Oprah recently opened, with much fanfare, the Oprah Winfrey Leadership Academy in South Africa, and as I watched the network news stories about it, I couldn’t get “The Secret” out of my mind. I kept wondering what would happen if professor Sam Mhlongo, South Africa’s chief family practitioner who famously said that HIV doesn’t cause AIDS, read about Oprah’s connection to “The Secret” and found support there for his claim. I wondered if the students of the academy would read “The Secret” and start to believe that their parents deserved to be poor, or that the people of Darfur summoned the Janjaweed with “bad thoughts.” Will the heavier girls be told, as readers of “The Secret” are, that food doesn’t cause weight gain — thinking about weight gain does? Will they be told to not even look at fat people, as “The Secret” advises? Oprah is already promoting these ideas to her television audience. Why wouldn’t she espouse them to her students?

… And at what point do we stop feeling like we have to take the good with the craven when it comes to Oprah, and the culture she’s helped to create? I get nauseated when I think of people in South Africa being taught they don’t have enough money because they’re “blocking it with their thoughts.” I’m already sickened by an American culture that teaches people, as “The Secret” does, that they “create the circumstances of their lives with the choices they make every day,” a culture that elected a president who cried tears of self-congratulation at his inauguration, rejects intellectualism, and believes he can intuit the trustworthiness of world leaders by looking into their eyes. I’m sickened by a culture in which the tenets of the Oprah philosophy have become conventional wisdom, in which genuine self-actualization has been confused with self-aggrandizement, reality is whatever you want it to be, and mammon is queen…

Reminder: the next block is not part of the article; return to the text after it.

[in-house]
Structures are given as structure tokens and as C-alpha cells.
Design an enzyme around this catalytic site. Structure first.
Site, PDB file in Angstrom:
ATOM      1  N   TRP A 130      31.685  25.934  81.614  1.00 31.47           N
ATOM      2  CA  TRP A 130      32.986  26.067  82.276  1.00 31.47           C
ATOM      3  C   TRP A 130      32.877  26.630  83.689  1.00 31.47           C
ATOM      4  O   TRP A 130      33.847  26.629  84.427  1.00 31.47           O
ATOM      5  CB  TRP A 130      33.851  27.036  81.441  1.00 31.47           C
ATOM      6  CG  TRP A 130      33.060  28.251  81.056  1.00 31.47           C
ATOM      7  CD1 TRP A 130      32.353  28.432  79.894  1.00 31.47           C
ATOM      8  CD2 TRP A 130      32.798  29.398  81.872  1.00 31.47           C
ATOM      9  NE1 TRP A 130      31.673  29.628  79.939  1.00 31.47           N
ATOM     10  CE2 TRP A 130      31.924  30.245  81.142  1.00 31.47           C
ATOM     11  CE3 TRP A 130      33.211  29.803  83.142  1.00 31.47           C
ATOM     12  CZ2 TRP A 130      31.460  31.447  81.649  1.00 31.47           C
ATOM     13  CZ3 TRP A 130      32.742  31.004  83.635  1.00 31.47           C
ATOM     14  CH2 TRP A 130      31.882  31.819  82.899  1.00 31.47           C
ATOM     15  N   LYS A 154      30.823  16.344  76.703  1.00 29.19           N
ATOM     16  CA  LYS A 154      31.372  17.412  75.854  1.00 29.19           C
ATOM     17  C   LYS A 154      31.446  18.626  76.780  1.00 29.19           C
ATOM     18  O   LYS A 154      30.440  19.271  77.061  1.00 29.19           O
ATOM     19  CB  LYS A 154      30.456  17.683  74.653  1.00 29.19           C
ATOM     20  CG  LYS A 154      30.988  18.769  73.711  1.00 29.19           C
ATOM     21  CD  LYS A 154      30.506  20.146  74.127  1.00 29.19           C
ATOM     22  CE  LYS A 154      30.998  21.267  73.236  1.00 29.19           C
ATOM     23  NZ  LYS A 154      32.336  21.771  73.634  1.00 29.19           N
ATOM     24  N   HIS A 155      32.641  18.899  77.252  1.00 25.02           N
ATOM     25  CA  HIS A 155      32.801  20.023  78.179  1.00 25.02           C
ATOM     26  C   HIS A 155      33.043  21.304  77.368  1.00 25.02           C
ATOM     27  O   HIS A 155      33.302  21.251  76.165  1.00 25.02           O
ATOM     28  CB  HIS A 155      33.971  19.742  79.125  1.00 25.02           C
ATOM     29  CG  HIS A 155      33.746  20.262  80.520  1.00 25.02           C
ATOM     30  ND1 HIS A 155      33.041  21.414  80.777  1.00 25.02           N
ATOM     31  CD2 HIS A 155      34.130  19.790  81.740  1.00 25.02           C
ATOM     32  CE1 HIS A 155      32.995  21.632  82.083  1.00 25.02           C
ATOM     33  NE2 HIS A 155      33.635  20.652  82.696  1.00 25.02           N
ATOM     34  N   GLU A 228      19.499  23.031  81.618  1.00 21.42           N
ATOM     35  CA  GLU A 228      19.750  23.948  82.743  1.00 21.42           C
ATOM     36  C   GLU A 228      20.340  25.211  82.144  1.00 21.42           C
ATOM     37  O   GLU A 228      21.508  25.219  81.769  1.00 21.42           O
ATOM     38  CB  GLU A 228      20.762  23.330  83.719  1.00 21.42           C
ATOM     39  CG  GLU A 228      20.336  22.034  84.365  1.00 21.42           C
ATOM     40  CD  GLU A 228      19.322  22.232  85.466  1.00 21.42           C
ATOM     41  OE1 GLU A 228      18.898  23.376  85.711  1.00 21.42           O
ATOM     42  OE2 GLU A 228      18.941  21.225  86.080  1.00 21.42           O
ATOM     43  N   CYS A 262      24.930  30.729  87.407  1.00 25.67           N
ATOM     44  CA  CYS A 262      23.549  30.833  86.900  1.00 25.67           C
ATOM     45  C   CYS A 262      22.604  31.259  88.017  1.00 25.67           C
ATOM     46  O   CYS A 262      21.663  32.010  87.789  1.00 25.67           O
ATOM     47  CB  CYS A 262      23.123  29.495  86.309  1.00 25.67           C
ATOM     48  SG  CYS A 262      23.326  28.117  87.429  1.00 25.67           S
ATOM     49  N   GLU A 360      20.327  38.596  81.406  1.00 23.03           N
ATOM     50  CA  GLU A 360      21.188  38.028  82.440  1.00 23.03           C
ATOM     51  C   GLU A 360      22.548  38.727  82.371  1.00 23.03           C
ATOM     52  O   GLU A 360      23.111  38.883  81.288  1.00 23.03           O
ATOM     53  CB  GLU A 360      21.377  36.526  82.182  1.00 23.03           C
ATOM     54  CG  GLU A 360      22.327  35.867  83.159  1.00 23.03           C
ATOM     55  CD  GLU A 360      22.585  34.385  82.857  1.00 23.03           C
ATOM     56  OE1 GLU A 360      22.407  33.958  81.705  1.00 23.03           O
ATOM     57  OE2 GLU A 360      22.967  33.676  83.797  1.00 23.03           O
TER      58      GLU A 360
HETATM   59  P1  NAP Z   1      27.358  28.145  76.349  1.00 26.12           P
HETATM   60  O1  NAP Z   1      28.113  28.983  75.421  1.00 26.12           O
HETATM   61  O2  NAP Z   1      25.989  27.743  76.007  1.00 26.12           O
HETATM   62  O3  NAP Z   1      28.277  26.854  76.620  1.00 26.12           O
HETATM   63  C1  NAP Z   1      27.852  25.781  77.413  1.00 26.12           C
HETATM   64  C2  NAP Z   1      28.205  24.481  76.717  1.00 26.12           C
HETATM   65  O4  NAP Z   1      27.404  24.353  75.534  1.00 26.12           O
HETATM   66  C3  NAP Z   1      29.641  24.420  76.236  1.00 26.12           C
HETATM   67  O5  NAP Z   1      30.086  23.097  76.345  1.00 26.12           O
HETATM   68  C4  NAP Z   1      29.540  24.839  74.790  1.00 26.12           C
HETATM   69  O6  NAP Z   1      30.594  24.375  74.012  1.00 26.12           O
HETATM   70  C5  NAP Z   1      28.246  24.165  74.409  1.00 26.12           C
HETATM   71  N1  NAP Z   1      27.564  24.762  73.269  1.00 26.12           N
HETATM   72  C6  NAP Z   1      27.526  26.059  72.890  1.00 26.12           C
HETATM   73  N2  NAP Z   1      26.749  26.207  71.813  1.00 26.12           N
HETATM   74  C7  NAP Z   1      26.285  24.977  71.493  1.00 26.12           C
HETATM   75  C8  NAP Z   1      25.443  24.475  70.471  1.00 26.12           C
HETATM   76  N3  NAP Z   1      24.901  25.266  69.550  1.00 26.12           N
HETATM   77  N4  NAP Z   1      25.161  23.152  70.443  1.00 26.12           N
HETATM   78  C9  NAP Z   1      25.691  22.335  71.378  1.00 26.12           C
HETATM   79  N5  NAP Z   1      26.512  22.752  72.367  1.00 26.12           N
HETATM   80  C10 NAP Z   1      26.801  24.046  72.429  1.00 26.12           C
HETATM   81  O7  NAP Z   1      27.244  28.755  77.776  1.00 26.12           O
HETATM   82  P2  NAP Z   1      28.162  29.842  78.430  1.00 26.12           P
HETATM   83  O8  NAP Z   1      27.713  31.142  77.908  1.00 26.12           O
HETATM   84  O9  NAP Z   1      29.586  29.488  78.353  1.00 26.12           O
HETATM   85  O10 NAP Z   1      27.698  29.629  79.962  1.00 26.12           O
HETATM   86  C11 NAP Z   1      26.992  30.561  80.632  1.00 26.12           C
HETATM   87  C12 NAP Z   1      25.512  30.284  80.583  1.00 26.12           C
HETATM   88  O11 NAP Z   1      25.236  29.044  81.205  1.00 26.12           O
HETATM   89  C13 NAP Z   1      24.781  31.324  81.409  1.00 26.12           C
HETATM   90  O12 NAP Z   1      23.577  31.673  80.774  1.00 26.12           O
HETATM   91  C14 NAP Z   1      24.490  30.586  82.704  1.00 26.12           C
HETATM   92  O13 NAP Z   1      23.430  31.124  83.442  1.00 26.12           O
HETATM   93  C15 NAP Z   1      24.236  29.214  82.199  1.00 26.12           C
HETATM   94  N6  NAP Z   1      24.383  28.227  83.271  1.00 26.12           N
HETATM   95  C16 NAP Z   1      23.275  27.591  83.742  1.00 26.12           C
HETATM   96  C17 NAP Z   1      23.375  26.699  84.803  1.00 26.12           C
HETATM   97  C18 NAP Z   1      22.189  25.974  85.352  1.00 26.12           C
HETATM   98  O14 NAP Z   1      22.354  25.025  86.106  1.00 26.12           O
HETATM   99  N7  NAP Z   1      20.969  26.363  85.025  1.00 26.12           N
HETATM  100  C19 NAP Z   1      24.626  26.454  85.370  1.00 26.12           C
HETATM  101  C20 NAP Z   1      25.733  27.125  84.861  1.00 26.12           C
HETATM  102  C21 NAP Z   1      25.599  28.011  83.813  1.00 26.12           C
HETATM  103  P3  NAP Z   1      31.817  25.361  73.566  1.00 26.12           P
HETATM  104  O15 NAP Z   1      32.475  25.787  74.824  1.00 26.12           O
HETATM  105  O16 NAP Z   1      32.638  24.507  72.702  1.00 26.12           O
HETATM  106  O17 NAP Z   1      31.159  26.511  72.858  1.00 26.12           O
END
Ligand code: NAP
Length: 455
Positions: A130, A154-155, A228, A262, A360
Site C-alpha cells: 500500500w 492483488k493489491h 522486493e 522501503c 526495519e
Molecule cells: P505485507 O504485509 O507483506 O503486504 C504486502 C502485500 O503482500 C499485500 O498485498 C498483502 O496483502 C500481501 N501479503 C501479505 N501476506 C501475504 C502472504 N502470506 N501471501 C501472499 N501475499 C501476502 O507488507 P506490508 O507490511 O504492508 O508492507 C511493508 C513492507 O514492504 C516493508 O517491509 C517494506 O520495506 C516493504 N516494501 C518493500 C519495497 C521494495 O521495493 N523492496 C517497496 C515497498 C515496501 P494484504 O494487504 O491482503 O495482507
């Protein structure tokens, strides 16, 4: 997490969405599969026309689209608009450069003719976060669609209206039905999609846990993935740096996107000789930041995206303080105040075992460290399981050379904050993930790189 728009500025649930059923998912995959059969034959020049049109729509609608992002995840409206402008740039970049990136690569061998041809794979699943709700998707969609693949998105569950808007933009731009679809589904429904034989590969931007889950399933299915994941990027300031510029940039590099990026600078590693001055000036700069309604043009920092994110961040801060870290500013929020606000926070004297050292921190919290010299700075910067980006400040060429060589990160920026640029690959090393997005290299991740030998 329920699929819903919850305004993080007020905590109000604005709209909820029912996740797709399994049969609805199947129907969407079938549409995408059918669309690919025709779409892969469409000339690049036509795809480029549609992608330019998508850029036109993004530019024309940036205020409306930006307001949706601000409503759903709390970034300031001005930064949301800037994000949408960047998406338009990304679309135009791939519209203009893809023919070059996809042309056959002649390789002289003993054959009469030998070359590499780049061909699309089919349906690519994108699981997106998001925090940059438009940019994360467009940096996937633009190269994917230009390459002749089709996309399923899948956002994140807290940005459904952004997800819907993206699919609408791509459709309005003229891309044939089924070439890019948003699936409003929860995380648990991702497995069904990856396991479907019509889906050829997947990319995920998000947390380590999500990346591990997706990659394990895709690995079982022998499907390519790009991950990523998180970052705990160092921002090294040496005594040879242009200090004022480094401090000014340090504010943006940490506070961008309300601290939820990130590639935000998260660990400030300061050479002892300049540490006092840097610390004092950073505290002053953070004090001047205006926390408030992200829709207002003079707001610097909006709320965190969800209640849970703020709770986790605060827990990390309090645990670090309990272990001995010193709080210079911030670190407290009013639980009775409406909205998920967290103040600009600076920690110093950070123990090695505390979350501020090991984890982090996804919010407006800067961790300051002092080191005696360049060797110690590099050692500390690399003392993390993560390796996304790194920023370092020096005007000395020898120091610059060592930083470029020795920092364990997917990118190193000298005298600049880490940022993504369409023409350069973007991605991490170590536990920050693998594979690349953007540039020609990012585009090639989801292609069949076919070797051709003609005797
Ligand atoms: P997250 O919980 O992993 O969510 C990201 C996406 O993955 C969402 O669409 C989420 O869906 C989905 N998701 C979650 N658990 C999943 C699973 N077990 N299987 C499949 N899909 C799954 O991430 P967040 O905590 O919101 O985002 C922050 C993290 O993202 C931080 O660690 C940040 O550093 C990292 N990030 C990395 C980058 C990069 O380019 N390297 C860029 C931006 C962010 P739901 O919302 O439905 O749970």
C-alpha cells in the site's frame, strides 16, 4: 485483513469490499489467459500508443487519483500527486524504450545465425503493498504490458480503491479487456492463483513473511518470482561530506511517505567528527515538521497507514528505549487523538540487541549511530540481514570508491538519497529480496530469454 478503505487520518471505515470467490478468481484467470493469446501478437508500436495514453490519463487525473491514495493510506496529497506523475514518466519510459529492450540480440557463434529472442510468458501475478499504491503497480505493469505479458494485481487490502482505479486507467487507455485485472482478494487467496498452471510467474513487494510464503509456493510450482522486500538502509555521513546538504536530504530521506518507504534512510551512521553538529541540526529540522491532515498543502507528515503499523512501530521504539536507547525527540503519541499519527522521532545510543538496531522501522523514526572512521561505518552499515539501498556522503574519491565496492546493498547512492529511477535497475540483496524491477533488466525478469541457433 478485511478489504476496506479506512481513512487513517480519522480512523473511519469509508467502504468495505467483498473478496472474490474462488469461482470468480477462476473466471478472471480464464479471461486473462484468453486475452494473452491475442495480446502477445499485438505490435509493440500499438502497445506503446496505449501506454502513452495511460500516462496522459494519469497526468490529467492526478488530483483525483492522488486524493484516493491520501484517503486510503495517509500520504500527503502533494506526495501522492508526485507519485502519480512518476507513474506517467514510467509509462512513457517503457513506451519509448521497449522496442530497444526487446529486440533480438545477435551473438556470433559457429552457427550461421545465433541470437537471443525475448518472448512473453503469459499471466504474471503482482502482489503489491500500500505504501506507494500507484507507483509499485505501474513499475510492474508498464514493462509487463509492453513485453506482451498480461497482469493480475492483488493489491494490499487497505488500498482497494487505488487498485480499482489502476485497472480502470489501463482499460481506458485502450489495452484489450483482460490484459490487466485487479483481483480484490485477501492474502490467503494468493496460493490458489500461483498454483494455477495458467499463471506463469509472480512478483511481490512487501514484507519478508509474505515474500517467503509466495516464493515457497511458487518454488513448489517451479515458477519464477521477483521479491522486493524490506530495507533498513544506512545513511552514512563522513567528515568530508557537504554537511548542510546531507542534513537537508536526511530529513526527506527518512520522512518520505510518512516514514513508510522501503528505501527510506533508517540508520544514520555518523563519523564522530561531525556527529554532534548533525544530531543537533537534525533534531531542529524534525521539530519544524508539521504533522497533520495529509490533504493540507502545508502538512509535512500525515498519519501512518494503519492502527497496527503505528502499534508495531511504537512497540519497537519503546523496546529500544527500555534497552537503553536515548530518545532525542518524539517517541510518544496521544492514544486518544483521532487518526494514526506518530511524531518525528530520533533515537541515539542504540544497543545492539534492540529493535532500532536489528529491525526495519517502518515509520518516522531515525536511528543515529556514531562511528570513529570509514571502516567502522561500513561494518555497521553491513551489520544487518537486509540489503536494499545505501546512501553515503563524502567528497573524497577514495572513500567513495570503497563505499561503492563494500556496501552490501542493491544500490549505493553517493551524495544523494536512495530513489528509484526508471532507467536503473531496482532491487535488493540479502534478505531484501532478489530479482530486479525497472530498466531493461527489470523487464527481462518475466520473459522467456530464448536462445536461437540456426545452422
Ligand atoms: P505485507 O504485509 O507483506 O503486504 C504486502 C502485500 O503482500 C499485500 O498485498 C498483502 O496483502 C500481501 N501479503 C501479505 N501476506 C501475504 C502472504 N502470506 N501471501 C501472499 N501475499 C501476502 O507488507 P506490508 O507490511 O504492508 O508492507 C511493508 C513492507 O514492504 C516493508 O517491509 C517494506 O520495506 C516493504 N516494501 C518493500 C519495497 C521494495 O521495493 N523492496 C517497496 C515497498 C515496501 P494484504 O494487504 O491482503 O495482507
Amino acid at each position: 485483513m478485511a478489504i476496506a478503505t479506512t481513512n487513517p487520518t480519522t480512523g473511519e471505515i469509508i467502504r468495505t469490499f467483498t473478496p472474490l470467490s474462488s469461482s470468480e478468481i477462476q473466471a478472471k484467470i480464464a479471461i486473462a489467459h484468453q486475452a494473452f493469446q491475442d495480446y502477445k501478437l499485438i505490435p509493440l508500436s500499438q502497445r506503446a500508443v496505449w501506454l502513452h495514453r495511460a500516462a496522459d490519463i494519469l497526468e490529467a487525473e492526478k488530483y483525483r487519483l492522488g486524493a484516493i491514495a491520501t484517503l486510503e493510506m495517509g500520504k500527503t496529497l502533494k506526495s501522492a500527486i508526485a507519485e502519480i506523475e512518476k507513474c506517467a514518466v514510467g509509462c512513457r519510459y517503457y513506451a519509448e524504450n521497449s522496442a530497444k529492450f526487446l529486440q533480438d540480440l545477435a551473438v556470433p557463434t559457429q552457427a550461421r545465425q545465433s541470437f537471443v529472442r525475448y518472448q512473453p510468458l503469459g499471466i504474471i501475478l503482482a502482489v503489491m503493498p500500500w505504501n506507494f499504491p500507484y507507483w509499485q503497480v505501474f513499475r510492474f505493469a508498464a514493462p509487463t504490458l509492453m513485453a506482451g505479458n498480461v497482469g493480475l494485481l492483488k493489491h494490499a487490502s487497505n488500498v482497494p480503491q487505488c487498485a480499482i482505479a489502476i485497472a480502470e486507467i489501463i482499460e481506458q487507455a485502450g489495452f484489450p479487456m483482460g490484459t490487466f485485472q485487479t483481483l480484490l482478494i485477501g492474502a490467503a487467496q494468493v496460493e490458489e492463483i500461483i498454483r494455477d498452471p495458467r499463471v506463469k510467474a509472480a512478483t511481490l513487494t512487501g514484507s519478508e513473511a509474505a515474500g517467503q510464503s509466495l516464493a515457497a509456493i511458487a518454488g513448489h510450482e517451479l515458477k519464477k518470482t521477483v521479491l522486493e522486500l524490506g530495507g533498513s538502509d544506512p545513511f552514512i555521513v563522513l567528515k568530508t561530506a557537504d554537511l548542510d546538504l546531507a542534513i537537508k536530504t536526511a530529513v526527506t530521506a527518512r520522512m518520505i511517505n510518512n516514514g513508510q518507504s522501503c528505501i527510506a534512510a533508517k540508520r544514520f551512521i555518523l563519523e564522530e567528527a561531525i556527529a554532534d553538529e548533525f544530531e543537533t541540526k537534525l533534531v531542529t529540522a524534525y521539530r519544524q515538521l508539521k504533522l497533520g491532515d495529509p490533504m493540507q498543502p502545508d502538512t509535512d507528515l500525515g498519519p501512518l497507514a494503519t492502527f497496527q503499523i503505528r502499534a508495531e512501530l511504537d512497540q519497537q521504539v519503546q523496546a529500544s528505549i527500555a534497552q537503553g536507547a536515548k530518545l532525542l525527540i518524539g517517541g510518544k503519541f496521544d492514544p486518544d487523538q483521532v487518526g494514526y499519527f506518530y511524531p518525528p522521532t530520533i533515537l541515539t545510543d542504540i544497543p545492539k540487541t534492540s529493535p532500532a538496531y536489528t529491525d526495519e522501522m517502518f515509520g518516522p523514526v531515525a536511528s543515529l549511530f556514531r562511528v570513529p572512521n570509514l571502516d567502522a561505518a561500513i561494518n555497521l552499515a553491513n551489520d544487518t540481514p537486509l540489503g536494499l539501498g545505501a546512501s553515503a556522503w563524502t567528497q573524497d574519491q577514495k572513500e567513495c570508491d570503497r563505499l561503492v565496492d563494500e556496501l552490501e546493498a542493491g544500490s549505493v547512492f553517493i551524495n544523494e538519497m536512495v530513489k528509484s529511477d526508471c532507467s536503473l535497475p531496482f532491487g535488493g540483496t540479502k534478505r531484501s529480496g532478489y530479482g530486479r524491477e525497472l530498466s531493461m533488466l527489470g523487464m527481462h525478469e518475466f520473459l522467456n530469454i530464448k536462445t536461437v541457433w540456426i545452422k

Books like “The Secret” have created, and are feeding, an enormously diverse market of disciples, and they’re thriving in every corner of the culture, in megachurches and movies, politics and pop music, in sports arenas and state boards of education. Oprah has far more in common with George Bush than either would like to admit, and so do the psychics of Marin County, Calif., and the creationists of Kansas. The believers come from all walks of life, but they work the same way — mostly by bastardizing and warping source materials, from the Bible to the Bhagavad Gita, to make them fit their worldview. On Page 23 of “The Secret” you’ll find this revealing doozy: “Meditation quiets the mind, helps you control your thoughts.” Of course, the goal of meditation is precisely the opposite — it is to be conscious, to observe your thoughts honestly and clearly. But that’s the last thing the believers want to encourage. The authors of “The Secret” sell “control” in the form of “empowerment” and “quiet” in the form of belief, not consciousness.